How does the current cattle market decline compare with earlier cycles?

Eric Barker, 21/09/2023

WITH cattle prices sitting at a four-year-low, industry analyst Matt Dalgleish has taken a deep dive into the numbers back to 1960s to see whether the market is still in a “normal” cycle.

Prices have been generating plenty of discussion this month as the benchmark Eastern Young Cattle Indicator has gone below 400c/kg carcase weight for the first time since 2019.

At considerable effort, Mr Dalgleish, co-founder of independent analysts EP3, has taken EYCI (and earlier) livestock price figures over the past 50 years and adjusted them for the Consumer Price Index, a quarterly measure of inflation, to take what is otherwise known as the “deflated” or “real” figure.

“To put it simply, $12 per head back in the ‘70s was worth a lot more than $12 now,” he said.

He has then taken those deflated figures back to the 1960s to see how the price of cattle stacks up, in real terms.

With the EYCI series only being established in 1996, Mr Dalgleish has pulled together early young cattle saleyards data from Victoria, NSW and Queensland and made a ‘makeshift’ indicator covering the past 63 years.

“I have access to average young cattle prices from Queensland, New South Wales and Victoria going back to the ‘60s, so I have just re-created what the EYCI would have been, based on those 200-400kg cattle that were being sold backed then,” he said.

“The numbers before ‘96 are a bit of an estimate, and it basically says ‘if the EYCI was being calculated back then, it would have been something around that value’. We haven’t had an EYCI the whole time, but young cattle have always been around.”

What is a normal cycle?

In order to calculate the $/head figure, Mr Dalgleish has taken the EYCI, which is presented in $/kg carcase weight, converted it to $/kg liveweight and turned it into a 300kg animal.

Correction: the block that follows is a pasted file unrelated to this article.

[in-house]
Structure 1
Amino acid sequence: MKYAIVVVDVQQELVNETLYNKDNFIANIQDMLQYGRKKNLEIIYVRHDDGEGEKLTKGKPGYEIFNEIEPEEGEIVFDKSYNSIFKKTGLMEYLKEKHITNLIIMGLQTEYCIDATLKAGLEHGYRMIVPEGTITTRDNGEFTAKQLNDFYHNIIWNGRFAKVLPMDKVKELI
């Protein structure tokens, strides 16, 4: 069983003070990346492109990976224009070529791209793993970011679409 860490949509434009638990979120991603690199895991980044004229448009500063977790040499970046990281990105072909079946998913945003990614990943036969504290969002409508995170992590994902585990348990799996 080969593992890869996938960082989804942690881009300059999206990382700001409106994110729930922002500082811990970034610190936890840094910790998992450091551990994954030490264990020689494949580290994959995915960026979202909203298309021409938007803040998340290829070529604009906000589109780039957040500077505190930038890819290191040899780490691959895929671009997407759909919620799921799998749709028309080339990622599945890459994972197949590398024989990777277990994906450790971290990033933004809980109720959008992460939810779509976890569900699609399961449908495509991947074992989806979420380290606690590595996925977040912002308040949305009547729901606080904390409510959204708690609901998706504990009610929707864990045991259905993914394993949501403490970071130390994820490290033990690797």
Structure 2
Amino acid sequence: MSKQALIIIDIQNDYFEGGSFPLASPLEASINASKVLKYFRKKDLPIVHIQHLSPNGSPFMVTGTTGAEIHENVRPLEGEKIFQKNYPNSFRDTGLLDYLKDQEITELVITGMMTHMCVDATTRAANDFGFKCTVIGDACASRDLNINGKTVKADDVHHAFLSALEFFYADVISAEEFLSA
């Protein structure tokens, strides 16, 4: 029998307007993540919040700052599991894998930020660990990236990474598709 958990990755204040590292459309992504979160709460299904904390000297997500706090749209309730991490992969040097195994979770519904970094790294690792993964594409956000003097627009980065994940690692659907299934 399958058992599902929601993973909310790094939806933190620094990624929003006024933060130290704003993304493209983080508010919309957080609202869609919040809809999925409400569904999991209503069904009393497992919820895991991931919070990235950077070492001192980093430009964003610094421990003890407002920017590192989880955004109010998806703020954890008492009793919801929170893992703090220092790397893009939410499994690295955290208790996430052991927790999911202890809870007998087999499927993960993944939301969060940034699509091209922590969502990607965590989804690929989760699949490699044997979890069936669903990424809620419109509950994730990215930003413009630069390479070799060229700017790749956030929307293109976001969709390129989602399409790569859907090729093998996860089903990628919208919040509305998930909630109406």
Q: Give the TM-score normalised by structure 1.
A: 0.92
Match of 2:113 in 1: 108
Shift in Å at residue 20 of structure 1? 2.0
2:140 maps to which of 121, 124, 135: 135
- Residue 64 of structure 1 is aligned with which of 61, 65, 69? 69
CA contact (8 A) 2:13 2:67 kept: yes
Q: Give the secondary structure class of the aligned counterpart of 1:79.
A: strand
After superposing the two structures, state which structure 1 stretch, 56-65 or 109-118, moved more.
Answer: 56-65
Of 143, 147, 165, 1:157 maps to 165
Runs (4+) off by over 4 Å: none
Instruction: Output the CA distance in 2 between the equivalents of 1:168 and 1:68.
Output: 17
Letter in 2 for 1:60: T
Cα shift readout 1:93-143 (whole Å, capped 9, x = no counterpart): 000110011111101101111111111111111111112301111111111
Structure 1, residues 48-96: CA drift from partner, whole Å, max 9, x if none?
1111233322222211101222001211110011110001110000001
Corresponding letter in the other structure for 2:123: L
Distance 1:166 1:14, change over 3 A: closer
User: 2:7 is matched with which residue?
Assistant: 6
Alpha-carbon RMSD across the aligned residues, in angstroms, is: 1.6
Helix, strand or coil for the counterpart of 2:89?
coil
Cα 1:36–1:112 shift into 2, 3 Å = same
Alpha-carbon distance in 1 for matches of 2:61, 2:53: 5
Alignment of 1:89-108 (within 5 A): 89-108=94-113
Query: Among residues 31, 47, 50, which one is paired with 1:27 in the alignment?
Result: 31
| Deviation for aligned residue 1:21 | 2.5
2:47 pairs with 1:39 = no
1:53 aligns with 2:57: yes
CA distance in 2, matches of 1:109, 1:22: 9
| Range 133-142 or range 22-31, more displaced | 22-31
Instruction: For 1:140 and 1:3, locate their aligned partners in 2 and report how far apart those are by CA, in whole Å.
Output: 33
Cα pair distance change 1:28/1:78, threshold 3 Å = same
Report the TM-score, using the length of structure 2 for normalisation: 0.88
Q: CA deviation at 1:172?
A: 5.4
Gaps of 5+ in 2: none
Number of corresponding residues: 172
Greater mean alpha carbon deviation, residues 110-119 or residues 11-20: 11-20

He says the long-term average for young cattle, in deflated terms, is $936/head – with the grey shaded area on the above graph representing the normal range between $620 and $1250 head. Historically, prices have spent 70pc of the time in this zone.

Based on this methodology cattle prices are heading to the bottom of that cycle, with a 400c EYCI making cattle worth about $650 in real terms.

While the cattle market is at the bottom of that cycle, it is currently not experiencing extreme pricing – unlike recent years where the deflated version of the EYCI went about $800 into the extreme zone and reached above $2000.

“There is no doubt it has come off fairly sharp, but it has been lower in ‘real terms’ and it is not as low as mutton which is outside the shaded area in real terms,” Mr Dalgleish said.










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  1. George Morice, 23/09/2023

    It would be interesting to see the same data but instead of adjusted for inflation adjust it for average land price appreciation.

  2. Paul Bradley, 22/09/2023

    One of the most concerning issues affecting the collapse of beef and lamb prices at the saleyards is that prices at the retail level have hardly if at all moved downwards. The major supermarkets and many butcher chains are just blatantly price gouging and profiteering. The poor consumer still is paying premium prices and often due to the massive increases in interest rates have less money to spend on the better cuts which should be a lot cheaper.
    I would suggest that the major chains and butcher retailers are getting their beef carcases for around $7 per kg yet retail premium cuts for more than $40 per kg.
    Where is Australian Meat and Livestock Corp in all of this ?. Nowhere to be seen except collecting levies for overpaid managerial and marketing staff

    Here are a couple of earlier Beef Central reports on this topic worth reading, Paul:

    Independent butchers winning back beef market share, as wholesale beef costs fall

    Beef and lamb surging in popularity among Australian consumers, as prices decline

    Also worth noting: The Australian Meat & Livestock Corporation has not operated since 1997. Editor

  3. Ed Bradley, 22/09/2023

    I think, the long low price period in the 70’s . was due to the UK joining the EU. It took a long time to replace that market..

    • Matt Dalgleish, 23/09/2023

      Absolutely. Back then the UK was pretty much our main beef export market so when they left us to join the EU that hurt a bit and then drought compounded the impact. Thankfully, now, our export market is much more diversified.

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